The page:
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Flora and Fauna: Bhutan is a haven for enthusiasts

Valley and mountain trekking: Bhutan is also a haven for trekking and mountain climbing..


Dzong and ancient ruins: A large number of mystical and historical ancient ruins are a curious fact about Bhutan. The country is filled with quite a number of Dzong that houses Buddhist monks and magnificent Buddha statues. Wangdiphodrang Dzong, Tiger's Nest, Trongsa Dzong are just the few places to mention which can give a unique and distinct archaeological appreciation that only Bhutan can offer. It is also neat to have the famous Bhutan stamps as a remembrance of these famous Buddhist temples. Monks and large Buddha statues also add to Bhutan's mysterious appeal.


Bhutan has over 72% of its land under forest cover, including 26% of its area designated as protected areas thereby maintaining its rich biodiversity. The national parks and the wildlife sanctuaries are home to some of the rarest and most significant animals in the world. Bhutan has one of the richest biodiversity in the world with about 3,281 plant species per 10,000 square kilometres and has been declared as one of the 10 global biodiversity ‘hot spots’.

Bhutan has been identified as one of the 221 global endemic bird areas. The country’s forests of temperate and sub-tropical species are home to many rare species of flora and fauna. An estimated 770 species of birds and over 50 species of rhododendron, along with an astonishing variety of medicinal plants (over 300 species) and orchids are endemic to this region. Rare animals like the golden langur monkeys, the national animal, the Takin, and the enigmatic snow leopard are found in Bhutan. Bhutan is also one of the wintering grounds for the rare and enigmatic black necked cranes.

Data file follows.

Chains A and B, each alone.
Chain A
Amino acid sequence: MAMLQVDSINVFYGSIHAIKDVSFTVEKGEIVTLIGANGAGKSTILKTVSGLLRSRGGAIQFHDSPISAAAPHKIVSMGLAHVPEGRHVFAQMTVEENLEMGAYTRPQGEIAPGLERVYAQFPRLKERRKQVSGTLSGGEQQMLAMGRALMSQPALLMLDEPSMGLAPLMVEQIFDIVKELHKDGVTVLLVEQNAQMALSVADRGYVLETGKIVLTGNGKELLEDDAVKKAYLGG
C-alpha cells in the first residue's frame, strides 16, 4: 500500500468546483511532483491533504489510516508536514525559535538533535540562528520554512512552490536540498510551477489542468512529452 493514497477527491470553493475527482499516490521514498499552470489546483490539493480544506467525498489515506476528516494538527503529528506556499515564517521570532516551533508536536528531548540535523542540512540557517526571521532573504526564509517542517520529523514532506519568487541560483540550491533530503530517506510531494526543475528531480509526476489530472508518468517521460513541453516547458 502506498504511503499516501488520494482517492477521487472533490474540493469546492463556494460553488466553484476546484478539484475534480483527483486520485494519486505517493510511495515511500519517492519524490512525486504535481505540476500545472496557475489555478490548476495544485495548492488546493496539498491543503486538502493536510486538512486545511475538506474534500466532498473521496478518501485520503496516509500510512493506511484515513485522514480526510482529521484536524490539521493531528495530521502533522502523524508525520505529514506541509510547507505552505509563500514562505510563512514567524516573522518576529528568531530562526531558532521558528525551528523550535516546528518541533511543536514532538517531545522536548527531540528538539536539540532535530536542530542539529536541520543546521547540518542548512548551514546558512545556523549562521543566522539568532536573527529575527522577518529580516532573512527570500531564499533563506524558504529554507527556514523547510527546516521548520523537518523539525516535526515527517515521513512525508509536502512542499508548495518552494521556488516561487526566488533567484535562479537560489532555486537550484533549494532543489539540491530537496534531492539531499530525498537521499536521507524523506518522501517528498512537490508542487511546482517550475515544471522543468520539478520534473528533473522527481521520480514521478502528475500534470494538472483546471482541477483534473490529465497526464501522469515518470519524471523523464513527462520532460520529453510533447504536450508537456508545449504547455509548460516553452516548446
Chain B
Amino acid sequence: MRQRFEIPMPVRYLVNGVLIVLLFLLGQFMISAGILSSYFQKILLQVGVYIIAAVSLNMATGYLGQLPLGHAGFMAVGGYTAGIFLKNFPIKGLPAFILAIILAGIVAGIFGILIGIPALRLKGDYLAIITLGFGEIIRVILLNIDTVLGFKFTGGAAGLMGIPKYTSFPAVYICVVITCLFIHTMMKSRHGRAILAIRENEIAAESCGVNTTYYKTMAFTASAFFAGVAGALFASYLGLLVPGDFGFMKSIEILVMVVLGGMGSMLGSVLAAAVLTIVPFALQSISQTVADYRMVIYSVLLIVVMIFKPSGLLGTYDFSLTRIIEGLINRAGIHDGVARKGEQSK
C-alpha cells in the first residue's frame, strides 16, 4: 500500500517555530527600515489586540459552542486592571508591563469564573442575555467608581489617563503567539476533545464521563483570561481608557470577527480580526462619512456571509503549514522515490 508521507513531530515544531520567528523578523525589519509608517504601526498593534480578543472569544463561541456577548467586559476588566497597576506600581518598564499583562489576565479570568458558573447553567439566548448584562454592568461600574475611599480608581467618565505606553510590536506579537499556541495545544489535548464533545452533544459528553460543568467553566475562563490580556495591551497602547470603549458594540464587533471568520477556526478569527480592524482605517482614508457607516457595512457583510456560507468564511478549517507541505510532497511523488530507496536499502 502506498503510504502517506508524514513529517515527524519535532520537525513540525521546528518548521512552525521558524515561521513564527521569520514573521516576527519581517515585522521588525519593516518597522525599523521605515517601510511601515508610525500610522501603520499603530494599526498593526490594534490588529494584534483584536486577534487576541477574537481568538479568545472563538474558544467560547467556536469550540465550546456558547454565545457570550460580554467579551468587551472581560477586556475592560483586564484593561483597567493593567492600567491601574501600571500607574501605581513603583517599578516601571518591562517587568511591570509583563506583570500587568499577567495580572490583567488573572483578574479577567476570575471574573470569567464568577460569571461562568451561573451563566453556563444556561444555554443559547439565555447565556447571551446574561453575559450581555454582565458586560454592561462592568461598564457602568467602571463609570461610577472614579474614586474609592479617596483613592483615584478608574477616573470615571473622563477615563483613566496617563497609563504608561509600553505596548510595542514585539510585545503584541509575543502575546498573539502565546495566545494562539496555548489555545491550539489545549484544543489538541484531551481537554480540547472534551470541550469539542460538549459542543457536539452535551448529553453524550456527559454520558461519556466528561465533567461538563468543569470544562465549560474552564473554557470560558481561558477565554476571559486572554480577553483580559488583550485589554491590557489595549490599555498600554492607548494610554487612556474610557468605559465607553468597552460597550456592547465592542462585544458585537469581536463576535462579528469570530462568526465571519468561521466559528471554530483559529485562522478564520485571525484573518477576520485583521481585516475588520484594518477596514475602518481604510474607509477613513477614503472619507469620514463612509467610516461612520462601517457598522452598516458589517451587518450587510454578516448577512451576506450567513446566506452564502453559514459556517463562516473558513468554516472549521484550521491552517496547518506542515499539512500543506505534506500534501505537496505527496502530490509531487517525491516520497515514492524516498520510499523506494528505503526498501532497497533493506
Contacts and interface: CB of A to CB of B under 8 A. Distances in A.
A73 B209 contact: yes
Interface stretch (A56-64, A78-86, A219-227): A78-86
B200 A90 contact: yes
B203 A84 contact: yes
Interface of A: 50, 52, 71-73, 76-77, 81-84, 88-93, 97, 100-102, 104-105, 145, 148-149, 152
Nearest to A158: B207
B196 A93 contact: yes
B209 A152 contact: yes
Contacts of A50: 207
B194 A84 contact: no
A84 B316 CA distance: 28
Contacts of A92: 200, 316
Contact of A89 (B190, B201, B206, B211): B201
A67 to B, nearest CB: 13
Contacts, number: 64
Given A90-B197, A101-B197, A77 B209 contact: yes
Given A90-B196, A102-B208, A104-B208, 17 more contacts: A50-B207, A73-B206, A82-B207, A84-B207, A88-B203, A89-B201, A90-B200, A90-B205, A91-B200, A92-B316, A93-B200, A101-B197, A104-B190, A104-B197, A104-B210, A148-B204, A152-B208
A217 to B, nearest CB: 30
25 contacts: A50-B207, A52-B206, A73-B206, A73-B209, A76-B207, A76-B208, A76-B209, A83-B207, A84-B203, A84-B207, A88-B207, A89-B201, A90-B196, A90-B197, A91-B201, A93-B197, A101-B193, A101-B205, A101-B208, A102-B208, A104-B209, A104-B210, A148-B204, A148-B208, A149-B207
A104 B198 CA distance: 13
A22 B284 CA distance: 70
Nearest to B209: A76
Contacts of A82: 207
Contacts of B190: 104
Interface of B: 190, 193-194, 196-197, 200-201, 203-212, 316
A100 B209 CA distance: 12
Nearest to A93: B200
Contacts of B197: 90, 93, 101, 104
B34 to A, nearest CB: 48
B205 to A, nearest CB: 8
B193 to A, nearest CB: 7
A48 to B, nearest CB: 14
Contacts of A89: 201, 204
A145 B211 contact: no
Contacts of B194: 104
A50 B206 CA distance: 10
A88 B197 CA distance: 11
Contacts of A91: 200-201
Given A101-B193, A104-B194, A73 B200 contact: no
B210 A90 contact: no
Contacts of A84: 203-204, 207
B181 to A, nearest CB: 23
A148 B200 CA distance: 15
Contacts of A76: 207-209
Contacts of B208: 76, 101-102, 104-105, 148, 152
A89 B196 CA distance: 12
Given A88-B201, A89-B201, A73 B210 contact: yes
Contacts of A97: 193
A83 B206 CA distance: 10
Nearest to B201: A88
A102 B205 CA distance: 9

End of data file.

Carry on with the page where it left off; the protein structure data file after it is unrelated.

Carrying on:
The tale of the Takin

The reason for Bhutan selecting the Takin as the national animal is based on both its uniqueness and its strong association with the country's religious history and mythology. When the great saint Lama Drukpa Kunley, "the divine madman", visited Bhutan in the 15th century, a large congregation of devotees gathered around the country to witness his magical powers. The people urged the lama to perform a miracle. However, the saint, in his usual unorthodox and outrageous way, demanded that he first be served a whole cow and a goat for lunch.

He devoured these with relish and left only bones. After letting out a large and satisfied burp, he took the goat's head and stuck it onto the bones of the cow. Then with a snap of his fingers, he commanded the strange beast to rise up and graze on the mountainside. To the astonishment of the people, the animal arose and ran up to the meadows to graze. This animal came to be known as the dong gyem tsey (takin) and to this day, these rather clumsy animals can be seen grazing on the mountainsides of Bhutan.

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